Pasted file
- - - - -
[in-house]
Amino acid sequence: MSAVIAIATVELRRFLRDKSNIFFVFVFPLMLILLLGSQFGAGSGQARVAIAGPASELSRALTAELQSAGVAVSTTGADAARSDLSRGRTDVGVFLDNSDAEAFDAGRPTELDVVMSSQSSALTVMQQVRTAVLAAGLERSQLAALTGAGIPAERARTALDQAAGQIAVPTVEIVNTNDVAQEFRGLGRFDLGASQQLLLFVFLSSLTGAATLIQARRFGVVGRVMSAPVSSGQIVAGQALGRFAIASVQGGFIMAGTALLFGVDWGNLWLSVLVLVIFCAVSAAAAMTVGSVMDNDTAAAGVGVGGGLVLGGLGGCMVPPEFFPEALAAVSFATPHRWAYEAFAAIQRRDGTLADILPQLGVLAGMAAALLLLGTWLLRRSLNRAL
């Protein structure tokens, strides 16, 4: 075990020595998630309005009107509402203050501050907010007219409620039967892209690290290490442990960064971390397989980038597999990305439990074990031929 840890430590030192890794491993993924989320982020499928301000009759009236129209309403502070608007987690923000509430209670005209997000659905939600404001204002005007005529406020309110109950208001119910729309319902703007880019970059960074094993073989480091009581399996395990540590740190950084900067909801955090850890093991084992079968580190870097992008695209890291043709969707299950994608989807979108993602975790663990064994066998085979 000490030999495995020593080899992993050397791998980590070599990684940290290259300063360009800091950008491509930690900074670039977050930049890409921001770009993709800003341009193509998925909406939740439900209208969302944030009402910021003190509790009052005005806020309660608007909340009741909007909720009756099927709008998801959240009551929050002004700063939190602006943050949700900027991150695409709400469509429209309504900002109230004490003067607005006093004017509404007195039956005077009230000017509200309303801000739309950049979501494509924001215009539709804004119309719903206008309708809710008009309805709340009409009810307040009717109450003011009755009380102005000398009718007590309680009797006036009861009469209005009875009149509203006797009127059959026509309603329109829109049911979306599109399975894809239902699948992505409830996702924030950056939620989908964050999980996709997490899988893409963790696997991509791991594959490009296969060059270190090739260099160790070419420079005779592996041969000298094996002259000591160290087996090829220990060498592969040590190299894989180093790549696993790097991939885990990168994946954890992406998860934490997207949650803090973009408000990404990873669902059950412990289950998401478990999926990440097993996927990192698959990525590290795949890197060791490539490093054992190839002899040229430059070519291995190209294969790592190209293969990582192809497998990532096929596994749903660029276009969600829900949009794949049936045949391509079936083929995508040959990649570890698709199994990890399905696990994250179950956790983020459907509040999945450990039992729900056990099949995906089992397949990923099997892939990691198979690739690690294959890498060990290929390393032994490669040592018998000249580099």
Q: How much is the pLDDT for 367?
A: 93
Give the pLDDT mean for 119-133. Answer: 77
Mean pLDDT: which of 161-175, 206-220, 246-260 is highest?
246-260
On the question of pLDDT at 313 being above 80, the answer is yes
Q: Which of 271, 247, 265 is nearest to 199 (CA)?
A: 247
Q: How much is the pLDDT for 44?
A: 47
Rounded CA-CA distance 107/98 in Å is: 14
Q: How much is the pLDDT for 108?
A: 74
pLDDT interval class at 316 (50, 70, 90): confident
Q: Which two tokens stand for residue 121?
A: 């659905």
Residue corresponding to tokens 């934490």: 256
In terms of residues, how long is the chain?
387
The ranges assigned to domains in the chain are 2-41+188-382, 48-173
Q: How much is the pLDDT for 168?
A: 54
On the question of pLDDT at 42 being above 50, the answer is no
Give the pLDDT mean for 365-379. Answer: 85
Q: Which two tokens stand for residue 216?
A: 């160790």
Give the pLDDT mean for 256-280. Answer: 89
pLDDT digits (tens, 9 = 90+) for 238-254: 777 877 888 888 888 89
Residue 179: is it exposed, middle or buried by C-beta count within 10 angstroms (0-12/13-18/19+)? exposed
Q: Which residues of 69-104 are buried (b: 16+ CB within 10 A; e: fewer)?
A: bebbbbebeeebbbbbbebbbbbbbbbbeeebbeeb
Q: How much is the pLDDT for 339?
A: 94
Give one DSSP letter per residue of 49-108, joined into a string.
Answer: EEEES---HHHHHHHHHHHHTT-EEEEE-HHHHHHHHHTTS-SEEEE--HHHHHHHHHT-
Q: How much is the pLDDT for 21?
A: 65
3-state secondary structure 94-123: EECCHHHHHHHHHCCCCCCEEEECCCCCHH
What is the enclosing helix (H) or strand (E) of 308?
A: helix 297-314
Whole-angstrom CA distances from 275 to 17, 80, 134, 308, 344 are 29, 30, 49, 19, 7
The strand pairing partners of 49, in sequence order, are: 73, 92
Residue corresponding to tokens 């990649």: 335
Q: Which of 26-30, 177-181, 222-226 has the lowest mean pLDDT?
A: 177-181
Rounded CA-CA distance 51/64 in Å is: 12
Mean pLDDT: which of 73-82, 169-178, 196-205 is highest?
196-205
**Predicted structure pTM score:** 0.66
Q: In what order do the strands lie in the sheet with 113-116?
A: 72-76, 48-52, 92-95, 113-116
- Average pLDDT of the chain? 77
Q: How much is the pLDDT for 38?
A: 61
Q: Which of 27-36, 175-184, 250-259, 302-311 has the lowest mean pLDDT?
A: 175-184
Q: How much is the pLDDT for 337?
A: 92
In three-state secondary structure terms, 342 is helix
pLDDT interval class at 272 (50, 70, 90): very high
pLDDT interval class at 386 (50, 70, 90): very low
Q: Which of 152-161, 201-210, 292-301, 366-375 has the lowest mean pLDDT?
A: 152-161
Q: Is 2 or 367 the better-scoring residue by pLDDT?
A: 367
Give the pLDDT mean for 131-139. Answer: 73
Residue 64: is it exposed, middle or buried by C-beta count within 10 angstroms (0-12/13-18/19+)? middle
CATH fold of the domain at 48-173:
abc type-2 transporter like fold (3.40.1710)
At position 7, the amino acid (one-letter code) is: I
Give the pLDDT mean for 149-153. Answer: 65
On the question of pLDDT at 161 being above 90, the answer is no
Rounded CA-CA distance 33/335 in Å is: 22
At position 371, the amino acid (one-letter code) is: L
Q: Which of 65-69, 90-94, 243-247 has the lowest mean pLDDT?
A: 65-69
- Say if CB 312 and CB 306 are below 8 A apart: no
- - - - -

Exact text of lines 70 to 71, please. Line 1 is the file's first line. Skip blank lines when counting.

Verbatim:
Residue 64: is it exposed, middle or buried by C-beta count within 10 angstroms (0-12/13-18/19+)? middle
CATH fold of the domain at 48-173: